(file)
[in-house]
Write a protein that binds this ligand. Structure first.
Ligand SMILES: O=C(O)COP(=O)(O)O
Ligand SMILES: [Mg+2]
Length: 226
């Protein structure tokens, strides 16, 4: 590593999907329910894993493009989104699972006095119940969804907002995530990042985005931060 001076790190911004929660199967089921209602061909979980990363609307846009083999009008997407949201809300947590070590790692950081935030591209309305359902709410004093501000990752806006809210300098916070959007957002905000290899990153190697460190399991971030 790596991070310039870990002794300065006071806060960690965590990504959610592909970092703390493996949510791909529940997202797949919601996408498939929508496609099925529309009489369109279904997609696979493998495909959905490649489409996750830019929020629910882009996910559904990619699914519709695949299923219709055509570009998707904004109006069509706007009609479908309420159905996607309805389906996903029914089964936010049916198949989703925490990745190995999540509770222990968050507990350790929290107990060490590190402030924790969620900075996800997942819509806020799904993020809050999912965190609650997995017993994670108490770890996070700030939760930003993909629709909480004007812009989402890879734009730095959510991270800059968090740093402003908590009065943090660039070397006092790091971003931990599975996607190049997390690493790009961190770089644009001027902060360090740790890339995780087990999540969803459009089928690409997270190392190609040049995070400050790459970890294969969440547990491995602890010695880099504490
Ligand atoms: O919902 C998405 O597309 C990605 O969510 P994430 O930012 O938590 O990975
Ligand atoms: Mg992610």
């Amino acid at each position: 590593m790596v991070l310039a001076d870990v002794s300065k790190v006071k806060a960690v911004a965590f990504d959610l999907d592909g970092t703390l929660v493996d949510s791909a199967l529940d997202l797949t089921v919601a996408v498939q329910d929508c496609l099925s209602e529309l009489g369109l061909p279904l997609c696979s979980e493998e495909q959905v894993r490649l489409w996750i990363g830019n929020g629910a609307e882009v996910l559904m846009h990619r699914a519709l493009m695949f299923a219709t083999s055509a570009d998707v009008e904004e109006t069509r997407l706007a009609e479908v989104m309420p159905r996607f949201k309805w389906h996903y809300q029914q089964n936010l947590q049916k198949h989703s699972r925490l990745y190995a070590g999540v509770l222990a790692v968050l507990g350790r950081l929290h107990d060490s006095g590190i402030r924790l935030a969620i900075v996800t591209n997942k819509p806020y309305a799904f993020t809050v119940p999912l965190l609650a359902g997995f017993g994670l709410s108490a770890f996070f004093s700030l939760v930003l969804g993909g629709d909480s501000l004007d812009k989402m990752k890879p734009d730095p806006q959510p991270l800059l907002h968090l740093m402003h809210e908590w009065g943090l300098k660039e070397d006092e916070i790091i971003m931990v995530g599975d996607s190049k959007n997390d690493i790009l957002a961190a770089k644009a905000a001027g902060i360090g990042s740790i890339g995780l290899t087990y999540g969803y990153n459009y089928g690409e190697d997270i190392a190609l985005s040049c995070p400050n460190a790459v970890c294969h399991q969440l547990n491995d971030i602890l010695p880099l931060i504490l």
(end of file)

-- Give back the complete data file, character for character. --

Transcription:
[in-house]
Write a protein that binds this ligand. Structure first.
Ligand SMILES: O=C(O)COP(=O)(O)O
Ligand SMILES: [Mg+2]
Length: 226
């Protein structure tokens, strides 16, 4: 590593999907329910894993493009989104699972006095119940969804907002995530990042985005931060 001076790190911004929660199967089921209602061909979980990363609307846009083999009008997407949201809300947590070590790692950081935030591209309305359902709410004093501000990752806006809210300098916070959007957002905000290899990153190697460190399991971030 790596991070310039870990002794300065006071806060960690965590990504959610592909970092703390493996949510791909529940997202797949919601996408498939929508496609099925529309009489369109279904997609696979493998495909959905490649489409996750830019929020629910882009996910559904990619699914519709695949299923219709055509570009998707904004109006069509706007009609479908309420159905996607309805389906996903029914089964936010049916198949989703925490990745190995999540509770222990968050507990350790929290107990060490590190402030924790969620900075996800997942819509806020799904993020809050999912965190609650997995017993994670108490770890996070700030939760930003993909629709909480004007812009989402890879734009730095959510991270800059968090740093402003908590009065943090660039070397006092790091971003931990599975996607190049997390690493790009961190770089644009001027902060360090740790890339995780087990999540969803459009089928690409997270190392190609040049995070400050790459970890294969969440547990491995602890010695880099504490
Ligand atoms: O919902 C998405 O597309 C990605 O969510 P994430 O930012 O938590 O990975
Ligand atoms: Mg992610």
């Amino acid at each position: 590593m790596v991070l310039a001076d870990v002794s300065k790190v006071k806060a960690v911004a965590f990504d959610l999907d592909g970092t703390l929660v493996d949510s791909a199967l529940d997202l797949t089921v919601a996408v498939q329910d929508c496609l099925s209602e529309l009489g369109l061909p279904l997609c696979s979980e493998e495909q959905v894993r490649l489409w996750i990363g830019n929020g629910a609307e882009v996910l559904m846009h990619r699914a519709l493009m695949f299923a219709t083999s055509a570009d998707v009008e904004e109006t069509r997407l706007a009609e479908v989104m309420p159905r996607f949201k309805w389906h996903y809300q029914q089964n936010l947590q049916k198949h989703s699972r925490l990745y190995a070590g999540v509770l222990a790692v968050l507990g350790r950081l929290h107990d060490s006095g590190i402030r924790l935030a969620i900075v996800t591209n997942k819509p806020y309305a799904f993020t809050v119940p999912l965190l609650a359902g997995f017993g994670l709410s108490a770890f996070f004093s700030l939760v930003l969804g993909g629709d909480s501000l004007d812009k989402m990752k890879p734009d730095p806006q959510p991270l800059l907002h968090l740093m402003h809210e908590w009065g943090l300098k660039e070397d006092e916070i790091i971003m931990v995530g599975d996607s190049k959007n997390d690493i790009l957002a961190a770089k644009a905000a001027g902060i360090g990042s740790i890339g995780l290899t087990y999540g969803y990153n459009y089928g690409e190697d997270i190392a190609l985005s040049c995070p400050n460190a790459v970890c294969h399991q969440l547990n491995d971030i602890l010695p880099l931060i504490l």